The Court, however, adopted a different approach to its powers under Article 41 in the Frontier Dispute (Burkina Faso/Mali) and Case Concerning Land and Maritime Boundary between Cameroon and Nigeria case. Following the Electricity Company of Sofia and Bulgaria from the PCIJ, these two cases noted that the
chamber possesses by virtue of Article 41 of the Statute the power to indicate provisional measures with a view to preventing the aggravation or extension of the dispute whenever it considers that circumstances so require
This ‘prevention of aggravation of dispute’ standard is wider than the statutorily codified purpose of provisional measures i.e. preservation of rights and has often been subject to its own share of criticisms by scholars. Such a standard can, perhaps, cover within its fold every case of continuing violation as in the present case of Iran without really assessing the urgency of an interim remedy, which constitutes an important requisite for exercise of powers under Article 41.
The latest jurisprudence of the Court inadvertently seeks to strike a middle ground with its new approach in defining irreparable prejudice. Judge Bhandari in Jadhav case defined irreparable prejudice as prejudice which could make restoring status quo ante impossible. He further noted that even if Jadhav’s execution is stayed, a continual violation of India’s right under Vienna Convention on Consular Rights would result in a denial of adequate access to judicial remedies for Mr. Jadhav, and India’s ability to protect Mr. Jadhav’s right in custody [para. 34]. By following such an approach, Judge Bhandari conceived these consular rights not just as protecting any State’s interest, but as preserving deep rooted humanitarian values and preventing the implications that the violations of such rights can have in a human rights paradigm. This philosophy is even more apparent in the latest decision on provisional measures by ICJ in Qatar v. UAE. Qatar has challenged UAE’s implementation of discriminatory policies against its national living in UAE, constituting a clear violation of Convention on Elimination of Racial Discrimination. It requested for indication of provisional measures for the irreparable prejudice caused to Qataris in UAE who were compelled to stay away from families, discontinue their schooling, denied access to medical care, property, and even right to work. The Court again applying the status quo ante standard noted the implication of violating particularly the economic, social and cultural rights, right of equal treatment and other basic civil liberties [para. 63 & 67] of citizens. Concluding that the situation demanded indication of measures, it followed a similar trend of understanding the nature of State rights through the prism of an individual citizen’s rights.
Arguably, Iran’s claim would have a different conclusion by this standard. Iran’s case provides a peculiar instance that highlights the minute distinction between the two standards due to the peculiarity of the rights involved. Typically, a State’s economic rights would fall within the category of rights measurable in quantitative terms and lack merit for indication of provisional measures. However, the enforcement of US’ crippling sanctions would trample upon a larger set of individual rights than mere Iran’s rights under the Treaty, which the Court would not be able to restore to status quo ante through its decision on the merits. Crushing the economic rights of Iranians, in and outside Iran, has a direct bearing on their standard of living, extending even to their financial survival in some cases. On a secondary level, it also impacts the level of opportunities and choices available to Iranians in the society. Additionally, by shrinking Iran’s economy, such sanctions seriously endanger the Iran government’s ability to preserve and promote the social rights of its citizens. The ICJ’s application of its emerging approach, therefore, would favour Iran’s request for indication of provisional measures.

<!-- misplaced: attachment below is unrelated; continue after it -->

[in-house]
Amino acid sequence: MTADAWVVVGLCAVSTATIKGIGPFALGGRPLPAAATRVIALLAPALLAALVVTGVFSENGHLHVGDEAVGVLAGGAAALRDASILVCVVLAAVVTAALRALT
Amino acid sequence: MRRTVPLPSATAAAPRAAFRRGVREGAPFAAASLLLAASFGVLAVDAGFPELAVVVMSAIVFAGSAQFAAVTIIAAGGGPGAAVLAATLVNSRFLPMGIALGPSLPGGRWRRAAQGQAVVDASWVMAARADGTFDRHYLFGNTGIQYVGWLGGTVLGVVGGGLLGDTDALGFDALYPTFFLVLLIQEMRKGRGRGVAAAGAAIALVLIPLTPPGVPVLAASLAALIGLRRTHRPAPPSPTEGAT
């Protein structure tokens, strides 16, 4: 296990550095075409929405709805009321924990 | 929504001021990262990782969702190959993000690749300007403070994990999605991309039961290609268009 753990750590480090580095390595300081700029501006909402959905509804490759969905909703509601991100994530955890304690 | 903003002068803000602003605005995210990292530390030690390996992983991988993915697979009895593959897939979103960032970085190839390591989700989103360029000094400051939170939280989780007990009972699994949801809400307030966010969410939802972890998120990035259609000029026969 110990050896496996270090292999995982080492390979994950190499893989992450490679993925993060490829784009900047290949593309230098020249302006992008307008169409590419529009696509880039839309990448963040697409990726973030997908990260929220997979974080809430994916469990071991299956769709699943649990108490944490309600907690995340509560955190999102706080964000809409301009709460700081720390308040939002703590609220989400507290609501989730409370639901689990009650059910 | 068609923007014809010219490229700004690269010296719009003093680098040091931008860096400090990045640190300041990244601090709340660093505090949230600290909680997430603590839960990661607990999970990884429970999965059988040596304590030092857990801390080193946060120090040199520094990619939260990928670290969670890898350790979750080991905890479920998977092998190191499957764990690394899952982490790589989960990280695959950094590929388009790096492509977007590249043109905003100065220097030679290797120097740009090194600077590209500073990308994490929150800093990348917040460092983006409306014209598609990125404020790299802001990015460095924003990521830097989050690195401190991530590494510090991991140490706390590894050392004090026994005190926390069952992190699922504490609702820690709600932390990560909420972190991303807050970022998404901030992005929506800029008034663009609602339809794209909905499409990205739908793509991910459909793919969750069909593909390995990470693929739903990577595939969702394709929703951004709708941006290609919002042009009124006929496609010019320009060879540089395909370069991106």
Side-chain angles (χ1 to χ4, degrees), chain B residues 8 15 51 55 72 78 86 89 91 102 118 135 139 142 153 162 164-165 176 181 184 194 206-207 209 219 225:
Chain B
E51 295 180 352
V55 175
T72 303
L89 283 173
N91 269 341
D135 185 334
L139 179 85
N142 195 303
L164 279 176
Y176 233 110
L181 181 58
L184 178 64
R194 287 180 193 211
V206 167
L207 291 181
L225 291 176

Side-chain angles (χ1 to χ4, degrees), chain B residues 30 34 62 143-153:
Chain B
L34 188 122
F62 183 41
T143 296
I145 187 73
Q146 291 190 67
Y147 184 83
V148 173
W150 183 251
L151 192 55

Considering that the US has not submitted its response to Iran’s application for institution of proceedings, it would be pre-mature to comment on whether the dispute relates to the interpretation or application of the Treaty and if the ICJ could find a prima facie basis for its jurisdiction under the compromissory clause of the Treaty. However, the unique nature of the economic rights involved in this case compels one to comprehend the meaning of ‘irreparable prejudice’ in the context of Article 41 of the Court’s Statute. Although economic rights in a limited sense gives an impression of rights protecting trade and commercial interests and therefore capable of quantification in monetary terms, a broader look at these rights uncover a humanitarian interest protected by these rights. Jadhav case involves the risk of factual destruction of the subject matter of the dispute, and Qatar case involves a claim based on human rights instrument. In these cases, therefore, the Court did not choose to apply a broader approach rather the approach begged itself. However, Iran’s case accords a chance for the Court to ponder and comment upon the emerging approach of humanisation of State rights.
*Rohan Jain is a fourth year student pursuing an undergraduate degree in law from National University of Juridical Sciences, Kolkata, India.